She is currently teaching privately at Downtown Pilates as she continues her education through Peak and continues to train under Ann Turner Johnson.

Lucy is also an award winning fiber artist specializing in hand dyed clothing and art quilts. In addition to Pilates she loves running, hiking, cross-country skiing, bicycling and trekking around the world



Frequently Asked Questions

 

What are the benefits of doing Pilates? Pilates builds core strength and promotes flexibility; imparts vitality and focus; improves posture; enhances performance in other activities and sports; and teaches new patterns of movement that rehabilitate and help prevent injuries. It protects the joints and connects the body and brain, increasing body awareness and control. Pilates gets results fast. Not only does it tone and sculpt more effectively than other forms of exercise, people who are otherwise unable to workout due to injury or illness can also do it.

What medical conditions is Pilates known to support? Pilates is especially beneficial for joint problems and arthritis; back pain and disc issues; degenerative neuro-muscular diseases like multiple sclerosis and Parkinson’s; injury rehabilitation.

Will Pilates give me a good workout? Nearly everyone finds Pilates physically and mentally challenging, even professional athletes. It does not increase the heart rate to the levels needed for a cardiovascular workout, however. Nor does it typically create the kind of muscle soreness associated with traditional workouts. Beginners often say they find themselves using muscles they didn’t know they had.

Is Pilates for the older person? As a form of exercise, Pilates protects against a number of age-related conditions. Pilates is effective in improving balance, coordination, flexibility and strength, as well as bone density, and, rather than impacting the joints, it strengthens them. The method exercises both brain and body and promotes vitality of the whole person – it is a key to maintaining health and youth.

Why should I take private sessions?  Because private sessions target an individual’s specific issues, clients who take them advance much more quickly than those who do not.  Injuries can also be taken into greater account; attention can be directed toward unlearning the engrained and often unconscious habits that might have contributed to or are likely to exacerbate an injury. The focus on individual needs consequently makes private sessions cost effective.  Privates are both an important precursor and adjunct to group lessons.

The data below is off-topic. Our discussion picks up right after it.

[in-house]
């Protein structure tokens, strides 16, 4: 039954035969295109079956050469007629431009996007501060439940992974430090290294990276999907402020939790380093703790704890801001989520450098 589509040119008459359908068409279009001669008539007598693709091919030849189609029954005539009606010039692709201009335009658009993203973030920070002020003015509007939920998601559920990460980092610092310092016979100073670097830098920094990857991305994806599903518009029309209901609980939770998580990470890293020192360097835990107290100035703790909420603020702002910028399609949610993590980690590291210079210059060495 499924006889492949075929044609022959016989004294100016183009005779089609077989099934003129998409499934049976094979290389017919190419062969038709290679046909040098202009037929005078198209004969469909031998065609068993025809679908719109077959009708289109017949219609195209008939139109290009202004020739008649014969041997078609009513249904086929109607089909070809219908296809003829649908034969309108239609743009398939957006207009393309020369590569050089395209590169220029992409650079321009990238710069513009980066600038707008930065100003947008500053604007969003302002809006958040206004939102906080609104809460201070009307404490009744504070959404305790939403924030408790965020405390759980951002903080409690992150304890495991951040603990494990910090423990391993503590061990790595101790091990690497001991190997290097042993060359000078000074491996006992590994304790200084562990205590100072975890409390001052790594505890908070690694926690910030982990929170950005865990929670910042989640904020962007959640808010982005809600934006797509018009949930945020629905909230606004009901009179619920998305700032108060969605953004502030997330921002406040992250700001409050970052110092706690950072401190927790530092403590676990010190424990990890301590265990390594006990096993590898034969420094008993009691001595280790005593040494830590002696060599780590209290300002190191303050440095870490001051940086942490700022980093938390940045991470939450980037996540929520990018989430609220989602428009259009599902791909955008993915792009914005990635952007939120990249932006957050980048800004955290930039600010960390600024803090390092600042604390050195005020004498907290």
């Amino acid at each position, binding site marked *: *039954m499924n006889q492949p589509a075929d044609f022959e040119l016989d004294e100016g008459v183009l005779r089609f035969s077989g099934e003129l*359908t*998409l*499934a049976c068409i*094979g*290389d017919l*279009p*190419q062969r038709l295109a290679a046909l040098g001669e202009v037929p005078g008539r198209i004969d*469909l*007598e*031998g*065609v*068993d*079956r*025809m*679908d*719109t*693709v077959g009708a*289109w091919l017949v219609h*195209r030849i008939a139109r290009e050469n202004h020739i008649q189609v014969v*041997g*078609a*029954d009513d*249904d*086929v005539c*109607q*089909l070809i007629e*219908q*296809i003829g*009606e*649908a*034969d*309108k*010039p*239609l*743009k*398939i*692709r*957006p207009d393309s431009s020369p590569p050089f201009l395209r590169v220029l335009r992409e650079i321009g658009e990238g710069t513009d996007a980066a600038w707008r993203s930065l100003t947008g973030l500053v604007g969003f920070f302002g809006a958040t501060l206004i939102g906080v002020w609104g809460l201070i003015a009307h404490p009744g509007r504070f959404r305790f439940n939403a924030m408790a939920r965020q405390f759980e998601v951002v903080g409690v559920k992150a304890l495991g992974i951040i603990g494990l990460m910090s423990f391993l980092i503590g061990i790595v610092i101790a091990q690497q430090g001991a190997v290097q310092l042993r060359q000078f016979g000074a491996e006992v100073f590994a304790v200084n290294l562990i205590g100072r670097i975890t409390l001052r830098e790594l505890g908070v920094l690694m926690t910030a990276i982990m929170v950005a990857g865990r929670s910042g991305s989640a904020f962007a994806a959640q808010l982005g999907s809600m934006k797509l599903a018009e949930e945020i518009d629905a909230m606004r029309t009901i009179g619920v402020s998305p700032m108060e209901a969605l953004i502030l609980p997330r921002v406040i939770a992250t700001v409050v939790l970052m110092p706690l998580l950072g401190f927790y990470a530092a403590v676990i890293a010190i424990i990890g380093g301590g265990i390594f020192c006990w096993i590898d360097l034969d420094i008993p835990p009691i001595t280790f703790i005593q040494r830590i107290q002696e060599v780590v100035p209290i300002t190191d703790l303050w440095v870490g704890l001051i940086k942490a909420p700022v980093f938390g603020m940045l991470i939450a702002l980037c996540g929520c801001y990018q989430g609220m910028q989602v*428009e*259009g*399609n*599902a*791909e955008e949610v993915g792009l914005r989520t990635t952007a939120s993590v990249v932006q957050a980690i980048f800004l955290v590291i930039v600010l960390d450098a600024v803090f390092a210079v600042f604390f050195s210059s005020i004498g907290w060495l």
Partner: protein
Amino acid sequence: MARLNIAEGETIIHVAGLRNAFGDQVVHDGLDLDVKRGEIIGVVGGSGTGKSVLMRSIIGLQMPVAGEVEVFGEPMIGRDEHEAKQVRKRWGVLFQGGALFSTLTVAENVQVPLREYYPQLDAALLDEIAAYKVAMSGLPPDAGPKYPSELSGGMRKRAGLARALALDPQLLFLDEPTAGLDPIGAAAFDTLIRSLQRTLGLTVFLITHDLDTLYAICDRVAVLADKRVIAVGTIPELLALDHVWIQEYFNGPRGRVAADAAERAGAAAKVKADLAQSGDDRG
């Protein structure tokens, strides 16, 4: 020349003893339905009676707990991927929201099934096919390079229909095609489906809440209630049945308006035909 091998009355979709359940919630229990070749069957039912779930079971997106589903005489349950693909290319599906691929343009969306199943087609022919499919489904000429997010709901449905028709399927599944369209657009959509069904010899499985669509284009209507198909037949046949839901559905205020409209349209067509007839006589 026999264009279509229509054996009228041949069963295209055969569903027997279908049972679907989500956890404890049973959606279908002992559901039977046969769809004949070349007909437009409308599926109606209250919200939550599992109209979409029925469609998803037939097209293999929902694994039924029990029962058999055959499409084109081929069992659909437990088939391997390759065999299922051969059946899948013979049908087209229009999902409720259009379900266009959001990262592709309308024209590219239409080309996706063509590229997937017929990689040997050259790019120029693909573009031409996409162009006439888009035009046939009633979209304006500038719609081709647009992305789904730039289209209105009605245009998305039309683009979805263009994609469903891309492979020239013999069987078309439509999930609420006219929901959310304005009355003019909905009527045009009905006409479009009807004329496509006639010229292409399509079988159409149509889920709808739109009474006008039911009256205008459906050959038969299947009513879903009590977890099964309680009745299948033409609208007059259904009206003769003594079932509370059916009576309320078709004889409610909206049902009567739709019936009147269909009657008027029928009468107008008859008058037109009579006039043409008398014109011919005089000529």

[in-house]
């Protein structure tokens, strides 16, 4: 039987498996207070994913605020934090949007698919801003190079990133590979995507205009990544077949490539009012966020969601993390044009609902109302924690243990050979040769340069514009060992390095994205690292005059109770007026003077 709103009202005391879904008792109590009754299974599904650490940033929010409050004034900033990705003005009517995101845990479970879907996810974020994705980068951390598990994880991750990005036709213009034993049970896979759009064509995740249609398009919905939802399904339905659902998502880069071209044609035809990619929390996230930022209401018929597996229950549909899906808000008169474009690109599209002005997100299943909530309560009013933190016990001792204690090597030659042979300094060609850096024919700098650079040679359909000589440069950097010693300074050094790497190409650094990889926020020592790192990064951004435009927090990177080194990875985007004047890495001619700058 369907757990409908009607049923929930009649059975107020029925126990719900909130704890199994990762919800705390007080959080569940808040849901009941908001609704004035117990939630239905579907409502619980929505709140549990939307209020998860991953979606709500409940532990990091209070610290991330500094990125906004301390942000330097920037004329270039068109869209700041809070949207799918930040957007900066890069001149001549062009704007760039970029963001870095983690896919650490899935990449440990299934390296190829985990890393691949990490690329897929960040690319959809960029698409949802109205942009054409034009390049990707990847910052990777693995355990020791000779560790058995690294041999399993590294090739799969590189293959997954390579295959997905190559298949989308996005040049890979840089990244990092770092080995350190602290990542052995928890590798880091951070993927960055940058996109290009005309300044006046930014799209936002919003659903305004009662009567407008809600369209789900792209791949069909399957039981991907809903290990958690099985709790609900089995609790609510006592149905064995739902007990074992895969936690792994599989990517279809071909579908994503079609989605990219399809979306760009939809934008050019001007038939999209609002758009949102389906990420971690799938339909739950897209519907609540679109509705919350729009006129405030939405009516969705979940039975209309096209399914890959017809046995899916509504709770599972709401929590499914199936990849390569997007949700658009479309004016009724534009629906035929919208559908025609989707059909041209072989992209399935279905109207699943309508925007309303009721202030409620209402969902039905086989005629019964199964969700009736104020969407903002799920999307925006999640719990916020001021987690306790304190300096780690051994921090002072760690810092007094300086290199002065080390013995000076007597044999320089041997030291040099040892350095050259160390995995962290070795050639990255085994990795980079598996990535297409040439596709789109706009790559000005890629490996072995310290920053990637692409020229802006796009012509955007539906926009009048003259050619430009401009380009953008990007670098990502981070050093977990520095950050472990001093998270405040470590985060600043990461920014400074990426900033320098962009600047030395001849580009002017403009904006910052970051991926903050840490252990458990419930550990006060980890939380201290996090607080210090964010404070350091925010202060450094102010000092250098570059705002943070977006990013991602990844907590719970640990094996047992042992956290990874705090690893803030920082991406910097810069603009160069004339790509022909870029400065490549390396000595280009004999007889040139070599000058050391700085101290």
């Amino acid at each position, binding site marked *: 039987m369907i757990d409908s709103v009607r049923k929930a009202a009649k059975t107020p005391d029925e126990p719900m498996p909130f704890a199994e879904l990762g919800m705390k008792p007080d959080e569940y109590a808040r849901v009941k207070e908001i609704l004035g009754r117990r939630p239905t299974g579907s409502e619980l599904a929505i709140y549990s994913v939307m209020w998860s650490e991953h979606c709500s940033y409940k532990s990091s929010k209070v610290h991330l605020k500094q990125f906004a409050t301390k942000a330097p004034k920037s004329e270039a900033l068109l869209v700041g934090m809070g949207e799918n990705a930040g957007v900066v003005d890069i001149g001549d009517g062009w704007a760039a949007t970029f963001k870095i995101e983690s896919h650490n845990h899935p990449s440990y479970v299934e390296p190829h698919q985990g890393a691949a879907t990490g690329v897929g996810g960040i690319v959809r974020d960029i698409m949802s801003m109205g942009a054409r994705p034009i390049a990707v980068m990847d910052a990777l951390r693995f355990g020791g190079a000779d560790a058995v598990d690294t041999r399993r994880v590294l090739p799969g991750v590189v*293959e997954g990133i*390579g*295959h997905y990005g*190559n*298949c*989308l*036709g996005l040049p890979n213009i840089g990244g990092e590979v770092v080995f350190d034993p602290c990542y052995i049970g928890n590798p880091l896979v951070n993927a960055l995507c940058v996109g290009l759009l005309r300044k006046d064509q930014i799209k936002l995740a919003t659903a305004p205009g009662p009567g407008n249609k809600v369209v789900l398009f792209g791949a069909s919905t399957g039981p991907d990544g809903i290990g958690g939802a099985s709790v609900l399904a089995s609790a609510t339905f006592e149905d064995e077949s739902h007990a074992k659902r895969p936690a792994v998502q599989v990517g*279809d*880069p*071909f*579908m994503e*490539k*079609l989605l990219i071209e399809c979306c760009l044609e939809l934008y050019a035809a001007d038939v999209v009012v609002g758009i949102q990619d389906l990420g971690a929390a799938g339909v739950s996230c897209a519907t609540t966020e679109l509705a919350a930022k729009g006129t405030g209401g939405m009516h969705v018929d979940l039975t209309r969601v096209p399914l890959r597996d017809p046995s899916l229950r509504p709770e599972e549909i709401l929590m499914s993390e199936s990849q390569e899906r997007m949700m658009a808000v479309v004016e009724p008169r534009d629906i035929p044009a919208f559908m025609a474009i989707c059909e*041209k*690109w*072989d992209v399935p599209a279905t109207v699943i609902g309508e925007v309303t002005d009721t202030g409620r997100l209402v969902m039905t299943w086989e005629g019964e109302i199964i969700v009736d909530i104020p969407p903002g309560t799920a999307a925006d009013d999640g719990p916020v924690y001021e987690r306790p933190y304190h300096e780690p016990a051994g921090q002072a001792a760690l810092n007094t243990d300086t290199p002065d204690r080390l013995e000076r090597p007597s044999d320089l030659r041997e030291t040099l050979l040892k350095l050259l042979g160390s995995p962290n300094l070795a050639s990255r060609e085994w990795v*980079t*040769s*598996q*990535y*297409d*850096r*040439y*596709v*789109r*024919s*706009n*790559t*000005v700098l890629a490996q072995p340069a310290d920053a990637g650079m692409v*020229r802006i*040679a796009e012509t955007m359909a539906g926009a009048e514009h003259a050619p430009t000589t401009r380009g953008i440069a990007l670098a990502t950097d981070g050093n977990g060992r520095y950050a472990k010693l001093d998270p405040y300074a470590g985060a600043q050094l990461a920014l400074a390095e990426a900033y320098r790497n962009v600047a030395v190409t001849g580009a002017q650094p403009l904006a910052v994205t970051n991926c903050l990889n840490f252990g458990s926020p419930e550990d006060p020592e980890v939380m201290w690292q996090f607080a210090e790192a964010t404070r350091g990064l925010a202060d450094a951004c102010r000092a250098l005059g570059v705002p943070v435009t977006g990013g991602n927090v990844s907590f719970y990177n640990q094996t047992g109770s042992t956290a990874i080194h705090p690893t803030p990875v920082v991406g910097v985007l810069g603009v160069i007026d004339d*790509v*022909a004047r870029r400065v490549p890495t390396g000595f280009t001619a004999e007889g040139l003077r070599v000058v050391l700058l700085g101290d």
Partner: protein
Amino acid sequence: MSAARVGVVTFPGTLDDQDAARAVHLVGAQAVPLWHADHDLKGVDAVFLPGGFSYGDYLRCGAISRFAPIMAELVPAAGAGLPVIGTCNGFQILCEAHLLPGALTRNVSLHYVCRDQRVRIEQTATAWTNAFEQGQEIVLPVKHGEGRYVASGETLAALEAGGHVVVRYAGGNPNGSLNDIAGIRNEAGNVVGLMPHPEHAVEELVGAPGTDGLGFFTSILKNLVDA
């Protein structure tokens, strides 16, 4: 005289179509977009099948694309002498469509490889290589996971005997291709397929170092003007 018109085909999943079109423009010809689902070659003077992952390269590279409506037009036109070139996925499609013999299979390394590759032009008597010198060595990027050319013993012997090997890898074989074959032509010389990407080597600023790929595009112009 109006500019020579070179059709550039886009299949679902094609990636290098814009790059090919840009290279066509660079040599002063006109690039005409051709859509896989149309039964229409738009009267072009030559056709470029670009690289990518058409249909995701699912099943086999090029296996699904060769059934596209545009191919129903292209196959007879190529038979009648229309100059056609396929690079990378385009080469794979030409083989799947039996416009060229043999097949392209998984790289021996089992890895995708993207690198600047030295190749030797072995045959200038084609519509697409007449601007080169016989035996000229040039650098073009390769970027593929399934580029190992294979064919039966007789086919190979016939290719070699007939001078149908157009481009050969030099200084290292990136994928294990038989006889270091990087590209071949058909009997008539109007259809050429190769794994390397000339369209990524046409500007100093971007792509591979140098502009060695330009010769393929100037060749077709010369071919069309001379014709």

Can I do Pilates if I am pregnant?  Yes.  It is highly recommended for pregnant mothers.  Pilates strengthens the pelvic floor, imparting the strength needed for carrying and birthing a child.  It promotes tone following childbirth as well.

What should I wear? Comfortable clothes that conform to the body and allow freedom of movement are ideal. No footwear is needed.

How many times a week should I do Pilates?  The frequency recommended depends on a client’s goals and specific needs.  Consultation with an instructor can help you determine how many sessions a week would suit you best.  Generally, however, two sessions a week allows clients to progress and three sessions a week will give dramatic returns.  A commitment of two to three private sessions a week for a period of six weeks can be valuable in learning the method efficiently, without backtracking, particularly if the client is new to the method.  A strong foundation is also important for being eligible for semi-private lessons in which two people, who are fairly well matched in their knowledge of the method, workout together.

Do men benefit from Pilates? Men were Joseph Pilates’s primary clientele, and he largely developed the exercises for them. He formulated his method not only for people who were bedridden and injured, but professional dancers and athletes, including boxers – whose sport, at least at the time, was exclusively male.

Is Pilates like yoga? While some of the exercises might appear to be similar to certain yoga postures, and both do promote flexibility, Pilates emphasizes the development of core strength.